Article first published as How Soccer Explains Successful Marketing on Technorati.
It was the Summer of 2006 and I decided to take my wife, newly married, on a new adventure. At 5 in the morning. To a pub.
It was the World Cup, and I wanted (nay, NEEDED) to show her there was so much more to soccer than just a bunch of guys rolling around on the ground pleading for mercy. It was important that she see the beauty of the game. Not in goals or wins or defeats. But the little things that make up the final score.
The games within the games.
I think of this story when I talk with folks about marketing and what it means to be successful with your brand.
We’re wired to think about the end results – the final score – to determine how we gauge an event, sometimes forgetting to revel in the amazing intricacies that play an incredibly important piece.
The beauty, and enjoyment, of marketing is the game within the game. The tactical pieces that make up the campaign and overall success.
It’s not enough to drive millions of page views to our sites. That can’t be the end result that gets us off our bar stools to cheer.
We want quality visitors – we need quality visitors. A quality visitor is someone who keeps coming back and contributes to the story, becoming a brand evangelist (either through sales or / and word of mouth).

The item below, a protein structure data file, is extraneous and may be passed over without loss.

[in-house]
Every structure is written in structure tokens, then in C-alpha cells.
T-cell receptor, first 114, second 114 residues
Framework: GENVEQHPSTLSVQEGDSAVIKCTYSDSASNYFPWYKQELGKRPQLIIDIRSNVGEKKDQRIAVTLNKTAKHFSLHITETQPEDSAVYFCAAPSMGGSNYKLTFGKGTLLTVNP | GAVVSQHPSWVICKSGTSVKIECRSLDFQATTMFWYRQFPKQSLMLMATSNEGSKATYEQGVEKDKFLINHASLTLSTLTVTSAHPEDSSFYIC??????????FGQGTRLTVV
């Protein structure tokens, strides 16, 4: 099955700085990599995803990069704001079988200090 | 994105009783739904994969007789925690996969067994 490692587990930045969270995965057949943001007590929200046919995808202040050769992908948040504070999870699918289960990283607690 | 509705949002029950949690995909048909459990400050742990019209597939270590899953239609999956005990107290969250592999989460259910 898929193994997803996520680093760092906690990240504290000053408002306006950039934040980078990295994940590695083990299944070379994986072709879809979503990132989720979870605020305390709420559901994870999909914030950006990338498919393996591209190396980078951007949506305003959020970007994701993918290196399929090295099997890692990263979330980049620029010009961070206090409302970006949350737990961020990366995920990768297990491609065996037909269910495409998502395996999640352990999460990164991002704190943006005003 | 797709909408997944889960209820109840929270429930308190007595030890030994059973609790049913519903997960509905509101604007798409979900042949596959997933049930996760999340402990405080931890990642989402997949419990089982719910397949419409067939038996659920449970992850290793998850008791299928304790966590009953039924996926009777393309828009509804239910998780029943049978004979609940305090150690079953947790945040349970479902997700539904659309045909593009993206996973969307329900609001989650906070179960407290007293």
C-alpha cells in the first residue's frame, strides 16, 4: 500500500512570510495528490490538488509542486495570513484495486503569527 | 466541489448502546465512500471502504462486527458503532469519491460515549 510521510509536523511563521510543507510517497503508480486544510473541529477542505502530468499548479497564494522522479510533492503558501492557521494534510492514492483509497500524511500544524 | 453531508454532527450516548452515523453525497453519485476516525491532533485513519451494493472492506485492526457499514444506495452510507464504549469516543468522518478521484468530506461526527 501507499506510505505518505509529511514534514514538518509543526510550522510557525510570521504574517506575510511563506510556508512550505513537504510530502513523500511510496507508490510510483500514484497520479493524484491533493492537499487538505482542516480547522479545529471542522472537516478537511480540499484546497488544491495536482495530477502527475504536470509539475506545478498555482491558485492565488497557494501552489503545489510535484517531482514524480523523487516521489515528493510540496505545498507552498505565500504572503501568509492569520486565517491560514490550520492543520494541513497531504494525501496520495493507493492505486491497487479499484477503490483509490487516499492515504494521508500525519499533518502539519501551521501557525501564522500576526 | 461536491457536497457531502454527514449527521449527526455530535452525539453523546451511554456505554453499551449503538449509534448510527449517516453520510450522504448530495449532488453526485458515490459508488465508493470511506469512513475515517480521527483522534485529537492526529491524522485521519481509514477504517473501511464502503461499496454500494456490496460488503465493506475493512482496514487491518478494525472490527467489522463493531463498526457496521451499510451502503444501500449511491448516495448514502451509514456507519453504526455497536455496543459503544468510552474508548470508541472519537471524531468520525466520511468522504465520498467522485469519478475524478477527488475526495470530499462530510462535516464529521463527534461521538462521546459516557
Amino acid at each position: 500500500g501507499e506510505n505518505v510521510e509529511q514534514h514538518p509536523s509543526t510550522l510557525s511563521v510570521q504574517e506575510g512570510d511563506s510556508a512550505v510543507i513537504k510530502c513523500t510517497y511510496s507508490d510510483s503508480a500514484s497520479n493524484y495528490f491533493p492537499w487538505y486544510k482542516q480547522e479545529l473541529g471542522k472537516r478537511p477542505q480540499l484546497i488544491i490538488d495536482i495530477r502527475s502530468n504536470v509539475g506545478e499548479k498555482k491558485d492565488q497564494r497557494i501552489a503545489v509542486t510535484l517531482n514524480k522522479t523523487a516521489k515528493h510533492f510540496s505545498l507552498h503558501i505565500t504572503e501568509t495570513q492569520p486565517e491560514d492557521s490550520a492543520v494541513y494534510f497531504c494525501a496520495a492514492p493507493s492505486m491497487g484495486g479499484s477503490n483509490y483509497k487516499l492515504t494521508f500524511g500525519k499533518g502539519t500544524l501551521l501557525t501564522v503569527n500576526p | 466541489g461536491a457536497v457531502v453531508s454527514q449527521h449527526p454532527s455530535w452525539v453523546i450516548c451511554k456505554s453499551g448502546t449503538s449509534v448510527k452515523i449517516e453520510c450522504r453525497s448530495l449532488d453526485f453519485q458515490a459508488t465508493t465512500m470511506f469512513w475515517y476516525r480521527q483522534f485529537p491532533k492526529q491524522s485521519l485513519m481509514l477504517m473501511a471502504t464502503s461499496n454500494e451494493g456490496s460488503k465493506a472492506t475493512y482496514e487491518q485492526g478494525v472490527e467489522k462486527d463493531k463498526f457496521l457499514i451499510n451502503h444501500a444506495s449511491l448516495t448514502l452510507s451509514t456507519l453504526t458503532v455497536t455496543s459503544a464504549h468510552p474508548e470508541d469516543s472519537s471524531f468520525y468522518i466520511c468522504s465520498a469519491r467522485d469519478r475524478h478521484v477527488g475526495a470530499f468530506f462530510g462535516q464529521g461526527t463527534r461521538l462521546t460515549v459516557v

Now, how do we get these quality visitors? It’s easy. And hard.
We define a long-term objective, then break up that time-frame into smaller chunks with measurable and definable points. We design, test, implement, test, review, update.
In soccer terms, if you’re Arsene Wenger, you review the competition, think about the upcoming 90+ minutes, and then break it down into 15 minute chunks. Map out your starting eleven, your formation, follow the pace of the match. Change players as needed.
Design. Test. Implement. Test. Review. Update.
Arsenal (Wenger’s team) is a great example of this, and so is Barcelona. The next time you have the chance, watch a Barcelona match. It really doesn’t matter who they are playing (although, the Real Madrid matches are always a touch more entertaining).
But don’t watch it for the final score. Watch each pass. Each run. Each flick of the ball. Listen to the applause from the fans for the simple and effective give-and-go.
Then, apply that thinking to your next marketing campaign. Think about the little pieces that make up the end result.
In fact, it might even give your end result a little more meaning.
The end result of that adventure in 2006? We later returned to the same pub to watch England v. Portugal. She still talks glowingly about the environment, how much fun she had, and how much she enjoyed the game.
And she doesn’t remember the final score.